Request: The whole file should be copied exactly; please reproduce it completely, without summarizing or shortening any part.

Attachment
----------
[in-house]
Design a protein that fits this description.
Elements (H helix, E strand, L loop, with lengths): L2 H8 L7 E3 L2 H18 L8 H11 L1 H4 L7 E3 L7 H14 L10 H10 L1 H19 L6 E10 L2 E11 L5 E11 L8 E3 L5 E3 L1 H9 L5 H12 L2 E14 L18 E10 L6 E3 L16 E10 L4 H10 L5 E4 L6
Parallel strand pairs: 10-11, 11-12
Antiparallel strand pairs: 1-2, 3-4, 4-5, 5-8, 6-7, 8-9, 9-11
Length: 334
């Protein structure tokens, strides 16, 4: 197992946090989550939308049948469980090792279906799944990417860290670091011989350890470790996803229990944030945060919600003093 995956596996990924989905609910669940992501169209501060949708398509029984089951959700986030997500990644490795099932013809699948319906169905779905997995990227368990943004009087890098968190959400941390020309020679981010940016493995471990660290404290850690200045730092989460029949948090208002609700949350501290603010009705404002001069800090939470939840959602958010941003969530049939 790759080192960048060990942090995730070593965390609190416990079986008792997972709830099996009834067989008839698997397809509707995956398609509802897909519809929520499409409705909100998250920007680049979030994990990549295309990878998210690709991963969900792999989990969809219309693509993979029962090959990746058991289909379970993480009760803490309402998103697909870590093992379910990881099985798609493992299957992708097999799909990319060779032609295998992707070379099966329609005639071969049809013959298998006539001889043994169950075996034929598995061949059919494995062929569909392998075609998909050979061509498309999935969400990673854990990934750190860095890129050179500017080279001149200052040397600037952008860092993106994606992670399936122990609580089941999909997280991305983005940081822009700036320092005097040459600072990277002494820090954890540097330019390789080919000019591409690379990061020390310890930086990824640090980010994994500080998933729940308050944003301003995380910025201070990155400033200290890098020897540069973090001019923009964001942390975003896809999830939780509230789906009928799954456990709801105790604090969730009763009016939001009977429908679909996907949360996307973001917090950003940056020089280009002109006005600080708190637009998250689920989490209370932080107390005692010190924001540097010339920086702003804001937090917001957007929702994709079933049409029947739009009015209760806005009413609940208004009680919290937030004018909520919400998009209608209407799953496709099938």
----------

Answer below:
[in-house]
Design a protein that fits this description.
Elements (H helix, E strand, L loop, with lengths): L2 H8 L7 E3 L2 H18 L8 H11 L1 H4 L7 E3 L7 H14 L10 H10 L1 H19 L6 E10 L2 E11 L5 E11 L8 E3 L5 E3 L1 H9 L5 H12 L2 E14 L18 E10 L6 E3 L16 E10 L4 H10 L5 E4 L6
Parallel strand pairs: 10-11, 11-12
Antiparallel strand pairs: 1-2, 3-4, 4-5, 5-8, 6-7, 8-9, 9-11
Length: 334
């Protein structure tokens, strides 16, 4: 197992946090989550939308049948469980090792279906799944990417860290670091011989350890470790996803229990944030945060919600003093 995956596996990924989905609910669940992501169209501060949708398509029984089951959700986030997500990644490795099932013809699948319906169905779905997995990227368990943004009087890098968190959400941390020309020679981010940016493995471990660290404290850690200045730092989460029949948090208002609700949350501290603010009705404002001069800090939470939840959602958010941003969530049939 790759080192960048060990942090995730070593965390609190416990079986008792997972709830099996009834067989008839698997397809509707995956398609509802897909519809929520499409409705909100998250920007680049979030994990990549295309990878998210690709991963969900792999989990969809219309693509993979029962090959990746058991289909379970993480009760803490309402998103697909870590093992379910990881099985798609493992299957992708097999799909990319060779032609295998992707070379099966329609005639071969049809013959298998006539001889043994169950075996034929598995061949059919494995062929569909392998075609998909050979061509498309999935969400990673854990990934750190860095890129050179500017080279001149200052040397600037952008860092993106994606992670399936122990609580089941999909997280991305983005940081822009700036320092005097040459600072990277002494820090954890540097330019390789080919000019591409690379990061020390310890930086990824640090980010994994500080998933729940308050944003301003995380910025201070990155400033200290890098020897540069973090001019923009964001942390975003896809999830939780509230789906009928799954456990709801105790604090969730009763009016939001009977429908679909996907949360996307973001917090950003940056020089280009002109006005600080708190637009998250689920989490209370932080107390005692010190924001540097010339920086702003804001937090917001957007929702994709079933049409029947739009009015209760806005009413609940208004009680919290937030004018909520919400998009209608209407799953496709099938």